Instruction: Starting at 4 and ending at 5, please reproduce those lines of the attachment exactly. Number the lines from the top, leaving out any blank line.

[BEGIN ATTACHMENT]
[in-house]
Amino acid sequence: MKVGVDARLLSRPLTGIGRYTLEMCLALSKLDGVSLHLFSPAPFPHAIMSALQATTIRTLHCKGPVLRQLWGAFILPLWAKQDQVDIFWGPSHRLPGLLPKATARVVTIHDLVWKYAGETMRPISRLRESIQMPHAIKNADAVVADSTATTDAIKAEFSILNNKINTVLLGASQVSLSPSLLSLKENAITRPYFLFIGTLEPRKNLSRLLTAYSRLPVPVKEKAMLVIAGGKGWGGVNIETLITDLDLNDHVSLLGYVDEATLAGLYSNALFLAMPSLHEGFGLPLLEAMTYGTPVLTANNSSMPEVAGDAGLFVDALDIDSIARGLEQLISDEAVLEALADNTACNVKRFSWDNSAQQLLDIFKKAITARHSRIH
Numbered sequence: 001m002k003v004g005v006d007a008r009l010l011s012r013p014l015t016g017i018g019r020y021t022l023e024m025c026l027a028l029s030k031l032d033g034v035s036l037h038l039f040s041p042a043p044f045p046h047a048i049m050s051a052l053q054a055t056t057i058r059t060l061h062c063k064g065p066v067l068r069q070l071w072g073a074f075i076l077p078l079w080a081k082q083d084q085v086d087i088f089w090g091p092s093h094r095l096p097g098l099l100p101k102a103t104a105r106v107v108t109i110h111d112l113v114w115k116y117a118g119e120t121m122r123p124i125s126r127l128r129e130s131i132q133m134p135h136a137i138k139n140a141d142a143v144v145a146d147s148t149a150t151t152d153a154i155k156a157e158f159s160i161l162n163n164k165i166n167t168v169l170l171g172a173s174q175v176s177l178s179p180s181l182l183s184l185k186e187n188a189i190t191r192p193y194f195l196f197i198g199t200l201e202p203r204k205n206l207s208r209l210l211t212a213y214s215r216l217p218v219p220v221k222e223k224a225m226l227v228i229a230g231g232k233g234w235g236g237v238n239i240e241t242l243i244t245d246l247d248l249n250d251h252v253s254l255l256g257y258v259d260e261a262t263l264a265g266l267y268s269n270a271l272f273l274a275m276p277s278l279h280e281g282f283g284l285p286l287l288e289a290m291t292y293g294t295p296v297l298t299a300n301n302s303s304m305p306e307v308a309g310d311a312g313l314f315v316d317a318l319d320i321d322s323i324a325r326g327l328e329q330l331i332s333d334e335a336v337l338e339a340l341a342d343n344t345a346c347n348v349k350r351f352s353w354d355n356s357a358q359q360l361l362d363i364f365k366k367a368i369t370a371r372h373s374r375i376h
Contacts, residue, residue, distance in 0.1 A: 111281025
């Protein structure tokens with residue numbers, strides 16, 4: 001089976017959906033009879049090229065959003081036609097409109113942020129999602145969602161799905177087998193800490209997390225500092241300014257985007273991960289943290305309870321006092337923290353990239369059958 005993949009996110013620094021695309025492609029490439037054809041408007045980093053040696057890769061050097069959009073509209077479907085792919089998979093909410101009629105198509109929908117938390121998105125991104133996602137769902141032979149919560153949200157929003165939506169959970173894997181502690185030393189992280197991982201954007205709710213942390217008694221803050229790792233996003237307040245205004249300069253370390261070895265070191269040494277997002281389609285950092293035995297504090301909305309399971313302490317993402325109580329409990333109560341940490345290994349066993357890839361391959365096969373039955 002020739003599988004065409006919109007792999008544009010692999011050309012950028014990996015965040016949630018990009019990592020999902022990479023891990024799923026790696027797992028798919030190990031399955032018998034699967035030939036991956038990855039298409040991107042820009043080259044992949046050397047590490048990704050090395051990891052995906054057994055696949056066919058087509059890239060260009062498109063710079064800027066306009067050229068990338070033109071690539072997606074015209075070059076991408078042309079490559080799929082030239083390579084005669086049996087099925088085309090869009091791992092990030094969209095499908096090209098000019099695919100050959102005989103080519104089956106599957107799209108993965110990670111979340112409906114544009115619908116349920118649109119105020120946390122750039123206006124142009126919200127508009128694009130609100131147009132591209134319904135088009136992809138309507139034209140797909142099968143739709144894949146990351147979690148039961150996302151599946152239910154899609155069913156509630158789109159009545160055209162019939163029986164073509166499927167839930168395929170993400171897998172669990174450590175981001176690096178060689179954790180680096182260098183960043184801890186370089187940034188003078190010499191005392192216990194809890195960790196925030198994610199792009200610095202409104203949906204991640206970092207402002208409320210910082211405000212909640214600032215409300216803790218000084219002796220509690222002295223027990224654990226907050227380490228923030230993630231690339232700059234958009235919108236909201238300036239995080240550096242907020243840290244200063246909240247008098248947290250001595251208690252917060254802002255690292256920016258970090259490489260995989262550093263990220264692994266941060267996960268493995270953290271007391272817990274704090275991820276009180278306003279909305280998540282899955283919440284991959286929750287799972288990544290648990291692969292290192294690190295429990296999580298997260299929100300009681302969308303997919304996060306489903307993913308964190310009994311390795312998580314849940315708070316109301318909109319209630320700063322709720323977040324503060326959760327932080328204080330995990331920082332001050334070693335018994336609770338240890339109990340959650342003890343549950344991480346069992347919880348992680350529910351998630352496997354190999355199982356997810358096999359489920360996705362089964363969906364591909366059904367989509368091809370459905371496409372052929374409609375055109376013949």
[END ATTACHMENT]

Contacts, residue, residue, distance in 0.1 A: 111281025
């Protein structure tokens with residue numbers, strides 16, 4: 001089976017959906033009879049090229065959003081036609097409109113942020129999602145969602161799905177087998193800490209997390225500092241300014257985007273991960289943290305309870321006092337923290353990239369059958 005993949009996110013620094021695309025492609029490439037054809041408007045980093053040696057890769061050097069959009073509209077479907085792919089998979093909410101009629105198509109929908117938390121998105125991104133996602137769902141032979149919560153949200157929003165939506169959970173894997181502690185030393189992280197991982201954007205709710213942390217008694221803050229790792233996003237307040245205004249300069253370390261070895265070191269040494277997002281389609285950092293035995297504090301909305309399971313302490317993402325109580329409990333109560341940490345290994349066993357890839361391959365096969373039955 002020739003599988004065409006919109007792999008544009010692999011050309012950028014990996015965040016949630018990009019990592020999902022990479023891990024799923026790696027797992028798919030190990031399955032018998034699967035030939036991956038990855039298409040991107042820009043080259044992949046050397047590490048990704050090395051990891052995906054057994055696949056066919058087509059890239060260009062498109063710079064800027066306009067050229068990338070033109071690539072997606074015209075070059076991408078042309079490559080799929082030239083390579084005669086049996087099925088085309090869009091791992092990030094969209095499908096090209098000019099695919100050959102005989103080519104089956106599957107799209108993965110990670111979340112409906114544009115619908116349920118649109119105020120946390122750039123206006124142009126919200127508009128694009130609100131147009132591209134319904135088009136992809138309507139034209140797909142099968143739709144894949146990351147979690148039961150996302151599946152239910154899609155069913156509630158789109159009545160055209162019939163029986164073509166499927167839930168395929170993400171897998172669990174450590175981001176690096178060689179954790180680096182260098183960043184801890186370089187940034188003078190010499191005392192216990194809890195960790196925030198994610199792009200610095202409104203949906204991640206970092207402002208409320210910082211405000212909640214600032215409300216803790218000084219002796220509690222002295223027990224654990226907050227380490228923030230993630231690339232700059234958009235919108236909201238300036239995080240550096242907020243840290244200063246909240247008098248947290250001595251208690252917060254802002255690292256920016258970090259490489260995989262550093263990220264692994266941060267996960268493995270953290271007391272817990274704090275991820276009180278306003279909305280998540282899955283919440284991959286929750287799972288990544290648990291692969292290192294690190295429990296999580298997260299929100300009681302969308303997919304996060306489903307993913308964190310009994311390795312998580314849940315708070316109301318909109319209630320700063322709720323977040324503060326959760327932080328204080330995990331920082332001050334070693335018994336609770338240890339109990340959650342003890343549950344991480346069992347919880348992680350529910351998630352496997354190999355199982356997810358096999359489920360996705362089964363969906364591909366059904367989509368091809370459905371496409372052929374409609375055109376013949």